Course Policies





  • Even if policies are on the syllabus, go over them in class during the first class or two.
  • You must ask yourself:  What do you want to be to your students:  a coach to enhance learning or a gatekeeper to enforce policies?
  • One professor meets with students midway through the semester to tell them how their participation is going:  noting both attendance and how active they are in the class.


  • Some employers ding us for not being strict enough about attendance with students.  Former VU students with high grades sometimes get fired because they consistently fail to get to work on time (issue recently arose from software/tech companies).
  • Some faculty treat the class like a job:  student must be there on time for every single class.  As with a job, students must let the teacher know in advance if they will be gone due to illness, sports, etc., just as one is expected to do with one's supervisor in the professional world.
  • Even if attendance is not strictly necessary (i.e. a student could read the book and on-line notes and still pass), many feel that students owe it to their classmates to come.
  • Some faculty, though they consider attendance important, do not take roll every time.
  • Some faculty use attendance codes in Blackboard:  EX=Excused absence, SPORTS=Excused for a sport, L=Late, etc.
  • Many faculty use three as the number of absences that begins to affect a student's grade.
  • Lateness:  In some countries a student would never walk into class after the professor; it is just not done.  Should we/could we cultivate that attitude here?
  • Some faculty keep a late student after class to ask why he or she was late.
  • Some faculty keep track of how late a student is, after x number of minutes it counts as an absence.


  • Some are more liberal about late papers with non-traditional students.
  • Some spoke of the need for flexibility for illnesses, either give a make-up assignment or an extension.
  • For one instructor, "all assignments exist for the purpose of learning," not for evaluation; therefore, few points are assigned to them.  This instructor finds very few instances of plagiarism, since students do assignments to learn, not for a grade.  His motto:  I am not your jailer, I am your coach.  This instructor, however, has very heavily weighted exams.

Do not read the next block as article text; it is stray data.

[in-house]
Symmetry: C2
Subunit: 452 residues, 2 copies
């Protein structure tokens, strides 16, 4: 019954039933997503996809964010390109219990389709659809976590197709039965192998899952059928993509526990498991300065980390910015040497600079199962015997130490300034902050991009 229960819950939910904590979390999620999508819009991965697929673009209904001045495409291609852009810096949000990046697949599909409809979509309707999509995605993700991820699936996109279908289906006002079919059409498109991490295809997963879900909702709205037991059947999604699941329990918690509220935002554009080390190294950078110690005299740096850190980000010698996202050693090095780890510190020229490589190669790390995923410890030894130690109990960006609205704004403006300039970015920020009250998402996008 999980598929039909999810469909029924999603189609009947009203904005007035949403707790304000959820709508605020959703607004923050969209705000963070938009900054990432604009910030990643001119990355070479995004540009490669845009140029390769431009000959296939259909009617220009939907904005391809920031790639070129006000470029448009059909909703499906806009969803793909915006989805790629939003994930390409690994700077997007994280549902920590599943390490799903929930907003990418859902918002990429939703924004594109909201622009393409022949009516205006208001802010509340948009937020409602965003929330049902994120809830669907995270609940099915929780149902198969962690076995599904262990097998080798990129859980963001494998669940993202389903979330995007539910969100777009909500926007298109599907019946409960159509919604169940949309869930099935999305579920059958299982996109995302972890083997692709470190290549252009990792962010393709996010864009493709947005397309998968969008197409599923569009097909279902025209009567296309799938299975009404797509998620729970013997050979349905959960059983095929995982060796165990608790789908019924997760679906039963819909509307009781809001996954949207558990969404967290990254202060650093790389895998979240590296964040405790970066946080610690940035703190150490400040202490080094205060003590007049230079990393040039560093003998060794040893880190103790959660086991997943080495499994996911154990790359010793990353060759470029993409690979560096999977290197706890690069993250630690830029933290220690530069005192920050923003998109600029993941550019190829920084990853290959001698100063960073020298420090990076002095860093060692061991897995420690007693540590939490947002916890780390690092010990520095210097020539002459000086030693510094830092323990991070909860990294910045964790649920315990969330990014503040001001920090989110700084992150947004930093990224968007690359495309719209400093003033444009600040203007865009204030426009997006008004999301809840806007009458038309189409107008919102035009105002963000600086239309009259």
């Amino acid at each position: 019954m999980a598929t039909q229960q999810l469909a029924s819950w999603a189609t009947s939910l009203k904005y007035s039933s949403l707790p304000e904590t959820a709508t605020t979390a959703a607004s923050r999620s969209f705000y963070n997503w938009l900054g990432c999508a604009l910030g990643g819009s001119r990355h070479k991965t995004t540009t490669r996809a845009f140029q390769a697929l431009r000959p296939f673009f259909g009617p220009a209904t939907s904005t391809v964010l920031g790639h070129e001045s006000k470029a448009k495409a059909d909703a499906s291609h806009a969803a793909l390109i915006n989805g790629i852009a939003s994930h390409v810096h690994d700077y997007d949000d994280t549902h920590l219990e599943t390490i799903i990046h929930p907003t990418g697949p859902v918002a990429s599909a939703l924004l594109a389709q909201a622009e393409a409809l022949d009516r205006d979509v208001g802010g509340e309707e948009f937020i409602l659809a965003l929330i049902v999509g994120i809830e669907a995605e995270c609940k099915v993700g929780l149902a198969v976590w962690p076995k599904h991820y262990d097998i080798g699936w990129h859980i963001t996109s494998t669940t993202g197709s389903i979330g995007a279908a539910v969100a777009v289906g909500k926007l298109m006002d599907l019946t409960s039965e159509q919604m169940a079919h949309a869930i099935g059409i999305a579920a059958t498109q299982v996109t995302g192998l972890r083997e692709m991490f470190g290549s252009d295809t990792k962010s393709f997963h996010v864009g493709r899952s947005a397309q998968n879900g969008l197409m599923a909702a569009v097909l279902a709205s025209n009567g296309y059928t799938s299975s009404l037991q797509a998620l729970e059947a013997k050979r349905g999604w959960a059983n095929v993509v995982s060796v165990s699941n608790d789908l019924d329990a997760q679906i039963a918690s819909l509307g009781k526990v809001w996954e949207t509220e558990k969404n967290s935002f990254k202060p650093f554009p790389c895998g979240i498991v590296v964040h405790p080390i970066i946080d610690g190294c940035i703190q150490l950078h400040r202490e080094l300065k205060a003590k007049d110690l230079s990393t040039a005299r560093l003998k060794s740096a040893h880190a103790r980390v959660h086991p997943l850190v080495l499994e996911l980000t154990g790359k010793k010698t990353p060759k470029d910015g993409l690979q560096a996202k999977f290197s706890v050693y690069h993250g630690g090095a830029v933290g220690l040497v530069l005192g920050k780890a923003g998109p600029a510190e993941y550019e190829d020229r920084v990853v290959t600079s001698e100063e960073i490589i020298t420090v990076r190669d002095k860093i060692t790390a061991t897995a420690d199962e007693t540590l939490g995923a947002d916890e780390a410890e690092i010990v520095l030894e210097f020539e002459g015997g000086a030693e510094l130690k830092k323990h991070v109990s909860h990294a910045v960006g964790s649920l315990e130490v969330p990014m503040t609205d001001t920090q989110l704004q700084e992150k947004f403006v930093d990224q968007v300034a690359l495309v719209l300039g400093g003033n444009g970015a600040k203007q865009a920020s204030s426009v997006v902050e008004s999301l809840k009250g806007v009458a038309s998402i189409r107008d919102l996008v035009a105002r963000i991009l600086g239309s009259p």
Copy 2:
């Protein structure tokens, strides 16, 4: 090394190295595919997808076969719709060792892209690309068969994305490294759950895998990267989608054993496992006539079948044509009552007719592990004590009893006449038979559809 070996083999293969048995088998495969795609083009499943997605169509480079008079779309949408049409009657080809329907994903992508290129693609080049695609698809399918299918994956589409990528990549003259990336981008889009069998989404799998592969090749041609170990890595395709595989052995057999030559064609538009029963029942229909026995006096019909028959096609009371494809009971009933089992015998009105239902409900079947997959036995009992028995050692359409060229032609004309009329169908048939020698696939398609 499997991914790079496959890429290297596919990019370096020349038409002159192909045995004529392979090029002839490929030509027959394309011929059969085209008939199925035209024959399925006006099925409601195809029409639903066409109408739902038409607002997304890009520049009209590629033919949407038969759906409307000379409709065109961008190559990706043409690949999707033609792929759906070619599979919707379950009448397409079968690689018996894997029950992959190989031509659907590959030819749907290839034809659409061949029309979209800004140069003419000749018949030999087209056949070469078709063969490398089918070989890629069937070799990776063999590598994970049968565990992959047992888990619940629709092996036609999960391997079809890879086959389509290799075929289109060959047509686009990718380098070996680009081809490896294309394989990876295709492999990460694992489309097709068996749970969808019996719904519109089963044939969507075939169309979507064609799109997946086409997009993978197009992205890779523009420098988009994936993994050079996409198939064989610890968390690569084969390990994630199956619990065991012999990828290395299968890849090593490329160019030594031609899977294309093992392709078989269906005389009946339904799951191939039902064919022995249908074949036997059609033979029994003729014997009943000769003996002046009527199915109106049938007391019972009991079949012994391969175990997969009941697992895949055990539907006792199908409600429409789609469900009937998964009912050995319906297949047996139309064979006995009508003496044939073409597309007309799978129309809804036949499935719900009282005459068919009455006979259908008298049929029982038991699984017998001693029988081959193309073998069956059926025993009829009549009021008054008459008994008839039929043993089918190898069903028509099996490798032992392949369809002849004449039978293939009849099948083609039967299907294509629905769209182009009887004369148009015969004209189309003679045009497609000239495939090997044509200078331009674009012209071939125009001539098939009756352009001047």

• One instructor had a problem of students in Core not turning in a first draft writing assignment to their peer group.  He now assigns 50 points to a first draft, 20-25 for a second.
  • If an assignment is important to you, then assign it a lot of points.
  • One instructor tells students that in most classes they will be assigned more work than they can do.  Therefore, it is up to them to figure out where they can cut, just as in real life.
  • What if the student is not there when an assignment is handed out?  Post assignments on Blackboard, then no excuses.
  • For some instructors, late assignments lose a student points.  They mark students down a grade for each day late, for example.  Others do not permit late assignments.


  • How to grade individuals when students are working in teams?
  • One instructor has team "meetings" on Blackboard discussion boards.  Students must post to get points.
  • Another gives both an individual and a team grade for projects.  Project members are asked to anonymously rate each other for attendance, contributions to the team, etc.
  • Another professor has student teams present to an external reviewer.  The reviewer rates both team and individuals.


  • If a student makes a negative comment about a race, ethnic group, etc.:  make a mental note and find an occasion to bring it up in class without spotlighting that specific student.  He or she will get the message.
  • On some level students know when they are disrespecting another group, but still might make an occasional slur.
  • When students disrespect another student's opinion:  Find the nugget of truth in what that student as said, restate it and become his or her ally.
  • JOKE DAY:  Let off steam by asking them to bring in a joke on a certain day of the week.  This helps release tension.  Off limits:  racial, ethnic, or x-rated humor.


  • How do we get them to be curious?  Lead by example:  tell them of times you have gone outside your comfort zone.
  • One theology professor has students attend non-Christian services.  They must go early, talk to the usher, explain why they are there, report back to class.  Then the experience becomes contagious.